Oncotarget published "Luminescence complementation technology for the identification of MYC:TRRAP inhibitors" which reported that the fact that many cancer cells cannot survive without MYC – a phenomenon termed «MYC addiction» – provides a compelling case for the development of MYC-specific targeted therapies.
These authors propose a new strategy to inhibit MYC function by disrupting its essential interaction with TRRAP using small molecules. Here they offer validation of this assay by measuring the disruption of TRRAP binding caused by substitutions to the invariant and essential MYC homology 2 region of MYC.
Dr. Michael D. Cole from The Geisel School of Medicine at Dartmouth College as well as The Dartmouth-Hitchcock Medical Center said, "Recent years have been marked by a focused recalibration of drug discovery engines in the pharmaceutical and biotechnology worlds."
Rising costs of research and development hinder the pursuit of targets without the greatest substantial value. Historical failure coupled with low probability of success and lack of novel approaches have focused efforts into the pursuit of new therapeutic strategies. However, mechanism-based targeted therapies have exhibited remarkable success in treating otherwise untreatable or unresectable cancers. Amongst these, the most successful are chemical or biological entities that specifically target cancerous cellular states and have minimal effects on normal cellular programs.
However, it does have a functional DNA-binding domain and a transactivation domain. The DNA-binding domain requires a protein-protein interaction with its obligate partner MAX. Several labs have attempted to find small molecules that inhibit MYC:MAX with limited success. It is informative to point out the timeline of MYC:MAX inhibitor research. The MYC:TRRAP interaction occurs at a precise motif in the TAD of MYC known as the MYC Homology Box 2. The importance of MB2 in MYC-driven tumorigenesis is well established in cellular assays and animal models, presumably because it is necessary for the MYC:TRRAP interaction. Therefore, the TAD of MYC, MB2, and MYC:TRRAP are required for MYC-driven transactivation and cancer promotion.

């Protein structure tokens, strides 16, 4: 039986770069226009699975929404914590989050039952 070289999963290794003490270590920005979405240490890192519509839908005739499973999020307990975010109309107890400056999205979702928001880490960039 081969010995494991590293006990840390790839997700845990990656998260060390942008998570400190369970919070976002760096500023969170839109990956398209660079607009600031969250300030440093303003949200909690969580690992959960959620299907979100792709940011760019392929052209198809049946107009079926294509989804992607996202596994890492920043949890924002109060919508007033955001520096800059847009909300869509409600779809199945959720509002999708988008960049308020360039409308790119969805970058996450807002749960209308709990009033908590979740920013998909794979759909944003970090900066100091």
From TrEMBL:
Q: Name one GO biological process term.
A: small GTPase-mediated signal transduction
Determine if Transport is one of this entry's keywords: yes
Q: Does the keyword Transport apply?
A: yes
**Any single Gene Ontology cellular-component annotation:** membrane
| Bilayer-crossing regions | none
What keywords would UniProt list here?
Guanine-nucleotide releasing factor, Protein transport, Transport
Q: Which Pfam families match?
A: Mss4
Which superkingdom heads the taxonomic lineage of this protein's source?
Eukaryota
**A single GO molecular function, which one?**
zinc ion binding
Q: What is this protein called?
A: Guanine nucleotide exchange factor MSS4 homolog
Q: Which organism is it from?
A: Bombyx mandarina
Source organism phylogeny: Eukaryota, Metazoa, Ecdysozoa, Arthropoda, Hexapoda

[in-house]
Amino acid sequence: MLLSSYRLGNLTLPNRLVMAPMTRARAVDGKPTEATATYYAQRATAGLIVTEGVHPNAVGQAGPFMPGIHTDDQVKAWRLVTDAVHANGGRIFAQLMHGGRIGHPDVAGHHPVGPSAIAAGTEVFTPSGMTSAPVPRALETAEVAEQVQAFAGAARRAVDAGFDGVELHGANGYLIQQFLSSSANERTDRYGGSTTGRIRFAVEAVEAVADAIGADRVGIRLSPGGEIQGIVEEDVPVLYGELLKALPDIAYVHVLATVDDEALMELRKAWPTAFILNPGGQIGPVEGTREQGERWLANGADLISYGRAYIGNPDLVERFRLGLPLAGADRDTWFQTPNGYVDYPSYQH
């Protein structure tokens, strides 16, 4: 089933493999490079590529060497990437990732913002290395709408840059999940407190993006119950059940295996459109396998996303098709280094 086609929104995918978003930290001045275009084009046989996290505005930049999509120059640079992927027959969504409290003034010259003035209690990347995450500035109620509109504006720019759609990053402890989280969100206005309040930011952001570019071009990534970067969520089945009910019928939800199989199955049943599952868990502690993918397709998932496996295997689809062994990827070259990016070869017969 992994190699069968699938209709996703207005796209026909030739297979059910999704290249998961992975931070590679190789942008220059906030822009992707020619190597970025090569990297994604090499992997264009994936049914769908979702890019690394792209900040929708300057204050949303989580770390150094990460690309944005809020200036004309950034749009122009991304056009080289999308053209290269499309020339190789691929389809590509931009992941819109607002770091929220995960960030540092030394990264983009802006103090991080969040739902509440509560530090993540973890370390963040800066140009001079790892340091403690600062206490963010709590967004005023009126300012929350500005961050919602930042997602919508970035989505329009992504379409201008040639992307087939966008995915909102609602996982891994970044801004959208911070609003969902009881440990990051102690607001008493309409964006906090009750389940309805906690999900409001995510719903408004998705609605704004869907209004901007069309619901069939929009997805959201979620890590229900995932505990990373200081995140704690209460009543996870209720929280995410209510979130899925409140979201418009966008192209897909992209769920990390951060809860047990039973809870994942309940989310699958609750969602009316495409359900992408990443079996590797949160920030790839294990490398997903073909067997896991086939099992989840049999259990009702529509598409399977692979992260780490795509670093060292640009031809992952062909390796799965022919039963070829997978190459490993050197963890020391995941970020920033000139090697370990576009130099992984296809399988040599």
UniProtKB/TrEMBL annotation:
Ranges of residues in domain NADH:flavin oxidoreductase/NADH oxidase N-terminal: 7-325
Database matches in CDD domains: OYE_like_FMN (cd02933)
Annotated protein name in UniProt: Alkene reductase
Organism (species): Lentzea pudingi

The Cole Research Team concluded in their Oncotarget Research Output that GCN5 and Tip60 have been reported to acetylate histone tails in vitro but cannot do so for an assembled nucleosome. Given these observations and TRRAP's HEAT domain structural similarities with that of DNA-PKcs, TRRAP could be required for efficient HAT activity because it enables the presentation of lysine tails by denaturing nucleosomes. This model provides a rationale for TRRAP essentiality in MYC cancer biology.
Full text - https://www.oncotarget.com/article/28078/text/
Correspondence to - Michael D. Cole - firstname.lastname@example.org
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"Luminescence complementation technology for the identification of MYC:TRRAP inhibitors"